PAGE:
Conducting a diagnostic store assessment is an excellent way to gain opportunistic perspectives for your location. Walking through and evaluating your store — from the eyes of the customer — can provide both strategic and tactical ideas for improvement.
Whether it’s the exterior appeal of your location or the interior product assortment, layout and merchandising, every aspect of your store should be evaluated. Here are some key items to consider and how they help you develop both short-term and long-term plans for your locations:
Know Thy Customer
Customers throughout your respective trade areas can vary greatly. The urban shopper — perhaps without a car — will shop your urban locations vastly differently than a rural customer. Not only will they shop differently, but also, they will be expecting targeted product assortments that make sense in their neighborhoods. In urban markets, there may be products geared toward more singles and younger audiences, whereas in rural markets, the assortment may be focused more on families.
Assign Store Attributes
Next on the list is to assign key store attributes for each of the store segmentations. Size of store, location and store type may all dictate whether the store carries a full array of SKUs or more of a limited offering. Larger stores with the appropriate demographic makeup may lend themselves to more of a “premier” offering — both in quality and assortment — whereas smaller, transient locations may carry only a limited product assortment.
Identify Potential Signature Offerings
What do you want your store to be known for? Many stores carry a lot of the same inventory from brand to brand. A Pepsi in one convenience store is basically the same Pepsi in another convenience store. But creating a proprietary signature offering allows you to differentiate your store from your competition. If this is well-executed, customers will associate your brand with this signature offering.
Evaluate Where You are Compared to the Industry
One way to assist in developing a signature offering is to benchmark your stores against the industry that you are in. These benchmarks don’t need to be direct competitors but rather aspirational leaders in your industry. Seeing what others have created to generate customer interest in their locations may push you to “get out of your comfort zone” and push the envelope.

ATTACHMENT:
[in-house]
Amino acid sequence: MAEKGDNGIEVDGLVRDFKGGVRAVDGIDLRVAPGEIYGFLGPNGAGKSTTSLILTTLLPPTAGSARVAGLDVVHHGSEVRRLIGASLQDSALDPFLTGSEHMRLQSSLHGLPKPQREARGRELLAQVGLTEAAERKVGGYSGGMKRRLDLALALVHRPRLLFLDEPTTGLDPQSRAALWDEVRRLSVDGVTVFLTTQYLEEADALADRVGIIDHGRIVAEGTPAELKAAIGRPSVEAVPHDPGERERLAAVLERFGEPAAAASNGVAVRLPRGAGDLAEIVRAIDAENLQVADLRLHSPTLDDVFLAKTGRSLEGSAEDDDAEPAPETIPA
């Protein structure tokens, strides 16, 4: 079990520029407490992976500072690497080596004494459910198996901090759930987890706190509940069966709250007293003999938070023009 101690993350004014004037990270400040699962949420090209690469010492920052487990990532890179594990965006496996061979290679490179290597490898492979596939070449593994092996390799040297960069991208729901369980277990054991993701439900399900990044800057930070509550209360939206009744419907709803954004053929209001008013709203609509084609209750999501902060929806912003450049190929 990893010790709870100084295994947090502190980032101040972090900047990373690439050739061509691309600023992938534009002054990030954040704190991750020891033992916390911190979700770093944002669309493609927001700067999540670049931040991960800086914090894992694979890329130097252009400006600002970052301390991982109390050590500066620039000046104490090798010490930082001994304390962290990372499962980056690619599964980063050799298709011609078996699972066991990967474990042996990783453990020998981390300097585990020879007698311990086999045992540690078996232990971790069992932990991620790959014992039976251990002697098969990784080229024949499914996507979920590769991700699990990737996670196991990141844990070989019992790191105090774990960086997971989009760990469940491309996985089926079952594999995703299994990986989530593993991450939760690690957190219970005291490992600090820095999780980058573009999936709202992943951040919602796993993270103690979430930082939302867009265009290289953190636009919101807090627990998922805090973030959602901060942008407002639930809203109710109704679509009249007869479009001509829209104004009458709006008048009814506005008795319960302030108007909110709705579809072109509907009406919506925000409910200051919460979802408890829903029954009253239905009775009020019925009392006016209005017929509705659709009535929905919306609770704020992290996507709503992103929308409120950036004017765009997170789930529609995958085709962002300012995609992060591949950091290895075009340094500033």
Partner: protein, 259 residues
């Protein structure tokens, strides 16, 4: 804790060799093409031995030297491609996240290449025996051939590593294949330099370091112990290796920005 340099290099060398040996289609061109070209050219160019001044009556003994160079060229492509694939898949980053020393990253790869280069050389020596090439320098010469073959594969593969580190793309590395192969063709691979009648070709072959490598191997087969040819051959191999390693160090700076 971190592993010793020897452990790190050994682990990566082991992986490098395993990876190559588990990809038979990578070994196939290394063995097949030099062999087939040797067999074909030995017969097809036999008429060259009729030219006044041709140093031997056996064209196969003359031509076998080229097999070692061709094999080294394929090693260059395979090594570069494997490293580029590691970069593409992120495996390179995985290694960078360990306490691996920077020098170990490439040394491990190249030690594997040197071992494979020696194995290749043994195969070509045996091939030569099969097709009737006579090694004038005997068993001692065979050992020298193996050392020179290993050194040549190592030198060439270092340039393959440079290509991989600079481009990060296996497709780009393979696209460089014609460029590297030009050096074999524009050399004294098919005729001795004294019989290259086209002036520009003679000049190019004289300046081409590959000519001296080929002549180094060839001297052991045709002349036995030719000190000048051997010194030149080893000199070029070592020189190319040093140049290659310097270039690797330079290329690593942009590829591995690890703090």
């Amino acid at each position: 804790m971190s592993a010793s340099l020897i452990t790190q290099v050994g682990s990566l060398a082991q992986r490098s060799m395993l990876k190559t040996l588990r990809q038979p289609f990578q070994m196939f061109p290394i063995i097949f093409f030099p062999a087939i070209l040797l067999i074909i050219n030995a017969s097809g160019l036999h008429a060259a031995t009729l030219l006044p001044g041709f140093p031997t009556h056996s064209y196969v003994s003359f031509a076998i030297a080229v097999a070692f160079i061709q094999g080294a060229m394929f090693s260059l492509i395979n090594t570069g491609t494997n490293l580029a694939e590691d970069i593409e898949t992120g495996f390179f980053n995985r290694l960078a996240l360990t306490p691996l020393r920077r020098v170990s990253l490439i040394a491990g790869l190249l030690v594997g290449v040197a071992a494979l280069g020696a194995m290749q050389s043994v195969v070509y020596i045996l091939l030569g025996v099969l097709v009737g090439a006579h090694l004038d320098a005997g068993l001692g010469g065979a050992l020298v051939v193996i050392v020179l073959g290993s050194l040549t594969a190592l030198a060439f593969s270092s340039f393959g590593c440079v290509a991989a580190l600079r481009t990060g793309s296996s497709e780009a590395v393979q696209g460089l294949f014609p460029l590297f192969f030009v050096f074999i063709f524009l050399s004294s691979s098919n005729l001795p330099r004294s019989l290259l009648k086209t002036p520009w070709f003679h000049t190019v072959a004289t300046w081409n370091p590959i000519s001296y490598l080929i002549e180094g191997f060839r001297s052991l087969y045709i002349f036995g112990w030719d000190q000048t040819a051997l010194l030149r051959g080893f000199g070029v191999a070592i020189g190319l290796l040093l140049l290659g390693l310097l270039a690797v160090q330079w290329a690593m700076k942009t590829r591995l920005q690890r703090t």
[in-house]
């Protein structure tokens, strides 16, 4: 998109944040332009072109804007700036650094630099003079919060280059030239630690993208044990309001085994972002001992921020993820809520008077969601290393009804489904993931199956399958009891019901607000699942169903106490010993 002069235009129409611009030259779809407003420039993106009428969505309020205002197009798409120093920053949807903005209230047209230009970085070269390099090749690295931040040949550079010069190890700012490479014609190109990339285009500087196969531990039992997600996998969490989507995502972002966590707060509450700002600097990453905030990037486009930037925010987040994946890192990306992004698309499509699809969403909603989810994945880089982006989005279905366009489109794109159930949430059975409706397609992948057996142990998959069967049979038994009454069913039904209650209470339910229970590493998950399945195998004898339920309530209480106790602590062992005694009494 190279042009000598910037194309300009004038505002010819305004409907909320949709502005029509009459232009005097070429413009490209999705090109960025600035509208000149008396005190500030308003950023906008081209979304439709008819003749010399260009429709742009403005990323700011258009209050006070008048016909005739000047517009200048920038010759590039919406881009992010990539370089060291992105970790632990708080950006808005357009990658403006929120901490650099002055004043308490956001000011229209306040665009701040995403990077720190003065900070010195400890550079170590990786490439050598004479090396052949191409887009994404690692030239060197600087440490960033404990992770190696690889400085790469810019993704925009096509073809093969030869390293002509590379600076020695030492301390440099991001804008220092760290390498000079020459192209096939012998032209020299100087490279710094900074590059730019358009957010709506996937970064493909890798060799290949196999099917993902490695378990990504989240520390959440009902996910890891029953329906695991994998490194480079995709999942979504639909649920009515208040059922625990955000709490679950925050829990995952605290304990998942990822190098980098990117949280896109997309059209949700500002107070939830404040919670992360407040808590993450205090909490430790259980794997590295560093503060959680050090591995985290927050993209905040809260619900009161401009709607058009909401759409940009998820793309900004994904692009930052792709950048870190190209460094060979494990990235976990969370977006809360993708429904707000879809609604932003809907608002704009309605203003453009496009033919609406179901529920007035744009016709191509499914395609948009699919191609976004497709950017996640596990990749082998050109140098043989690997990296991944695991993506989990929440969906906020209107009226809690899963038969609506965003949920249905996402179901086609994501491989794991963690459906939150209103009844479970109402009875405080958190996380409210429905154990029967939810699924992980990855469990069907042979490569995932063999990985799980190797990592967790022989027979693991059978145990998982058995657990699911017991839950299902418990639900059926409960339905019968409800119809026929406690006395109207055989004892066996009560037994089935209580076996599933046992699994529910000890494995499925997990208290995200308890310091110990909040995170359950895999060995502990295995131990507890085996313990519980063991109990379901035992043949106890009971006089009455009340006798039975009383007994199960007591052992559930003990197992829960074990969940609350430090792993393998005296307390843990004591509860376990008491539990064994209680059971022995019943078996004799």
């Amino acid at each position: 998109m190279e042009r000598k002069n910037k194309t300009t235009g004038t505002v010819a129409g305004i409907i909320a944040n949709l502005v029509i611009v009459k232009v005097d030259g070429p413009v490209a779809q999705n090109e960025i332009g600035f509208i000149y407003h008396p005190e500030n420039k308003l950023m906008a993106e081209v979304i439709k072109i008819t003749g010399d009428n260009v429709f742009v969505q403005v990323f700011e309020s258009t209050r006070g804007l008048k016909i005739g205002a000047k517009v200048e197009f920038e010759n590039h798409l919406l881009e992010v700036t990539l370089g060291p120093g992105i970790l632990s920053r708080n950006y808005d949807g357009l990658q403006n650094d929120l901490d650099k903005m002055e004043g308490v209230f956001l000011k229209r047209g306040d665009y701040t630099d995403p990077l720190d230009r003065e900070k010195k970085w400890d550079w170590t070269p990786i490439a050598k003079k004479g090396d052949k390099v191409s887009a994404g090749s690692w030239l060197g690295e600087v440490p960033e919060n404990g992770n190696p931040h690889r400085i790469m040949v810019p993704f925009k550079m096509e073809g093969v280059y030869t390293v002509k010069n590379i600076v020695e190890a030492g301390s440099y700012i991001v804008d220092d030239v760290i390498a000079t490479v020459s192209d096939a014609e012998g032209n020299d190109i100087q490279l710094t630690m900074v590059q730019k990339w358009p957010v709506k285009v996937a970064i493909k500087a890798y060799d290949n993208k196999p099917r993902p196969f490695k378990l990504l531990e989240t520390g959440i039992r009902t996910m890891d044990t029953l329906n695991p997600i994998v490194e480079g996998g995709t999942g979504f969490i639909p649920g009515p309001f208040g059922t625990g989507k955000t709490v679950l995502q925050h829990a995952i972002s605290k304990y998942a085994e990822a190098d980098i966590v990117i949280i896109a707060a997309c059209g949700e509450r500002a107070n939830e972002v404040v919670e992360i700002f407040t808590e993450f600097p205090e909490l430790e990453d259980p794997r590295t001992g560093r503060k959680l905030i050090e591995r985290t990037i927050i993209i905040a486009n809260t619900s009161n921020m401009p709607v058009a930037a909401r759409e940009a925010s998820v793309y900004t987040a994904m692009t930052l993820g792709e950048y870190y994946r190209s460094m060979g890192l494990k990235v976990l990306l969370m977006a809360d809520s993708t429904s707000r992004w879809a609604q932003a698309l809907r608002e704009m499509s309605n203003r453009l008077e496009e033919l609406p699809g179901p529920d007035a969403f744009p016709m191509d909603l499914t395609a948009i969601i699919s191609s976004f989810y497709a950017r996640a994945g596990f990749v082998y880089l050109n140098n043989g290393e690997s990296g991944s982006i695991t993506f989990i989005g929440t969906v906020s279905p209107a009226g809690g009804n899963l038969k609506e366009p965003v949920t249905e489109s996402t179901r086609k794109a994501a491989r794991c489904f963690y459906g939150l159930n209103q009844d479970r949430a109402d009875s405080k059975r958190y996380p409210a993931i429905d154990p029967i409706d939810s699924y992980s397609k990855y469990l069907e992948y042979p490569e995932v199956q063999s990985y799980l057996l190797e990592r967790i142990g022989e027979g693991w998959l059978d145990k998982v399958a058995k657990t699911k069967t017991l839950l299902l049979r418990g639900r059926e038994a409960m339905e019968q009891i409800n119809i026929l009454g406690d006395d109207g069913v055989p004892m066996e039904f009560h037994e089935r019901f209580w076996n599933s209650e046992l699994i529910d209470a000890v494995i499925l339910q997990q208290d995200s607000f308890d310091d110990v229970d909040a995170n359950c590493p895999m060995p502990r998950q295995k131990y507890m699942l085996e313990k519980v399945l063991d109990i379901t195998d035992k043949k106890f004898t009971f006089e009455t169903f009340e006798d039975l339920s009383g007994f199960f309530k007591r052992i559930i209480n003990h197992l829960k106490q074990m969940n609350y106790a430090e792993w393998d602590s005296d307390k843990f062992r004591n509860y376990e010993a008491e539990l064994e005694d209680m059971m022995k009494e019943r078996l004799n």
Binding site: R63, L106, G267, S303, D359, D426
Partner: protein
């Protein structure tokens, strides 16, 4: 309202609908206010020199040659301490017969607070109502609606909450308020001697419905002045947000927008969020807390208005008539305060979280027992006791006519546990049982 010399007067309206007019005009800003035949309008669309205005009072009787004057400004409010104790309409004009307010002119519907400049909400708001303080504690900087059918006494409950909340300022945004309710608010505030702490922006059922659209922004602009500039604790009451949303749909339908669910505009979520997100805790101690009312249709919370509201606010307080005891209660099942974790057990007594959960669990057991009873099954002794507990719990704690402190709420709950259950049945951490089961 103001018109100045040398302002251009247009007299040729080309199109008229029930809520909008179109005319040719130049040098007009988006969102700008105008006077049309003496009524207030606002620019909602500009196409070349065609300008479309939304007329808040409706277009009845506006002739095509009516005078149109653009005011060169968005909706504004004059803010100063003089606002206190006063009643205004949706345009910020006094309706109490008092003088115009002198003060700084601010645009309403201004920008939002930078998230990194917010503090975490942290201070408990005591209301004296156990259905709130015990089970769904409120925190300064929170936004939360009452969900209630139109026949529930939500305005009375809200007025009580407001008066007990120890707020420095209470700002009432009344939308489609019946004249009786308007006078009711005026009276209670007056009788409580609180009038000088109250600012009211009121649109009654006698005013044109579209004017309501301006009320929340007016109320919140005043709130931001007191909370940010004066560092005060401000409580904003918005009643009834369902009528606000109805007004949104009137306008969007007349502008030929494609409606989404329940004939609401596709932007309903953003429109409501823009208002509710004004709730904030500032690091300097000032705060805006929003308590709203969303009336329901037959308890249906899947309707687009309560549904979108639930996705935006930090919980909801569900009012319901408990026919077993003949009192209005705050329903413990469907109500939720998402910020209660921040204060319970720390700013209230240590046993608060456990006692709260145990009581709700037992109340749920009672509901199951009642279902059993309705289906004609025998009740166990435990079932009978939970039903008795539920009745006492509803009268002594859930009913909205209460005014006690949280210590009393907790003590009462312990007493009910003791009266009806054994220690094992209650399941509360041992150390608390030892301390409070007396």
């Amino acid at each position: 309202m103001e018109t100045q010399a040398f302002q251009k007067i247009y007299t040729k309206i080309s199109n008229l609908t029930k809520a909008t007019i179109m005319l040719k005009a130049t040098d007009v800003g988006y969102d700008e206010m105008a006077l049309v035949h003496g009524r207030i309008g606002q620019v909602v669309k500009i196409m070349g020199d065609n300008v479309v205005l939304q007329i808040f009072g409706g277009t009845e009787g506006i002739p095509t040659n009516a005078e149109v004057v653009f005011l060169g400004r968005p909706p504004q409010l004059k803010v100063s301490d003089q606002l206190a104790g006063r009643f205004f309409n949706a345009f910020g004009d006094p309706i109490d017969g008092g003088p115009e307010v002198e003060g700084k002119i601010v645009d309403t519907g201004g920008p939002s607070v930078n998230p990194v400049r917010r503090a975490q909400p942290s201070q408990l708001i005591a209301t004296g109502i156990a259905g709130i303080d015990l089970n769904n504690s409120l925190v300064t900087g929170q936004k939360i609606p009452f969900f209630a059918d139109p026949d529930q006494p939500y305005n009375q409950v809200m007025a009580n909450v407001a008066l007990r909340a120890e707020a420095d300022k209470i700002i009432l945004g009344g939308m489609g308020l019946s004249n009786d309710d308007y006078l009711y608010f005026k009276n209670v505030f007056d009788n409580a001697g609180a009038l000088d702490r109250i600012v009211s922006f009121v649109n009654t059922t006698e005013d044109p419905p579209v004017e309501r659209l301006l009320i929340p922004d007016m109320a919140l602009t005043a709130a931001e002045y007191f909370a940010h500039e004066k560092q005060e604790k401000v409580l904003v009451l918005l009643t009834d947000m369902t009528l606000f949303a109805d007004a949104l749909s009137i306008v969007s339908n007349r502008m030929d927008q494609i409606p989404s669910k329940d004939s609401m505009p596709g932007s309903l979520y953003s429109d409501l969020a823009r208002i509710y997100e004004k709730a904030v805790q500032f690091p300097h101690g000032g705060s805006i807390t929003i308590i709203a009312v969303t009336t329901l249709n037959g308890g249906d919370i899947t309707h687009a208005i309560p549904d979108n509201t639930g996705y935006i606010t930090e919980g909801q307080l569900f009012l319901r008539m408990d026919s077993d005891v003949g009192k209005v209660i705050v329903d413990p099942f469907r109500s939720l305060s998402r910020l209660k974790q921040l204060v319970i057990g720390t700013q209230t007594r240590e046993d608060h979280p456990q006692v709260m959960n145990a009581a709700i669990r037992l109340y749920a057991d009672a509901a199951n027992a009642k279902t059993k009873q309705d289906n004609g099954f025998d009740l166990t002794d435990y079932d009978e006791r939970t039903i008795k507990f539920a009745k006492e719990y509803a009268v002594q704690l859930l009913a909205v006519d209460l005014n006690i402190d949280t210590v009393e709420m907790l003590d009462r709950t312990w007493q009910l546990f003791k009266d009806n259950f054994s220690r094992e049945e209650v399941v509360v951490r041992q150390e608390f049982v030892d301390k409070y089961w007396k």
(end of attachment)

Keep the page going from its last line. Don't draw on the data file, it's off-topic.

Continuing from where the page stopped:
Establish Brand Attributes and Pillars
A diagnostic store assessment also helps to identify the attributes that make up your brand. By listing these independent attributes — i.e., fresh, healthy, speedy, etc. — you can bunch them together to form the core brand pillars for your outlet. These brand pillars should be used to filter all decisions related to your offering to see if it passes the test.
Conducting a diagnostic store assessment helps provide short-term tactics for shoring up your overall customer experience as well as identifying longer-term strategic initiatives to continue to grow the business. Sometimes through another set of eyes and from an industry benchmark perspective, operators can get a crystallized view of their stores today and, as importantly, where they should be in the future.
John Matthews is responsible for the management of all consulting activities for the firm, which include retail consulting for multiunit operations, interim executive management and project management. Prior to founding his own company in 2004, Matthews held senior management positions as president of Jimmy John’s Gourmet Sandwiches and as VP of marketing, merchandising, facilities, corporate communications, and real estate at Clark Retail Enterprises Inc. Additionally, Matthews worked for nine years in marketing management as the national marketing director of the Little Caesars Pizza Corp.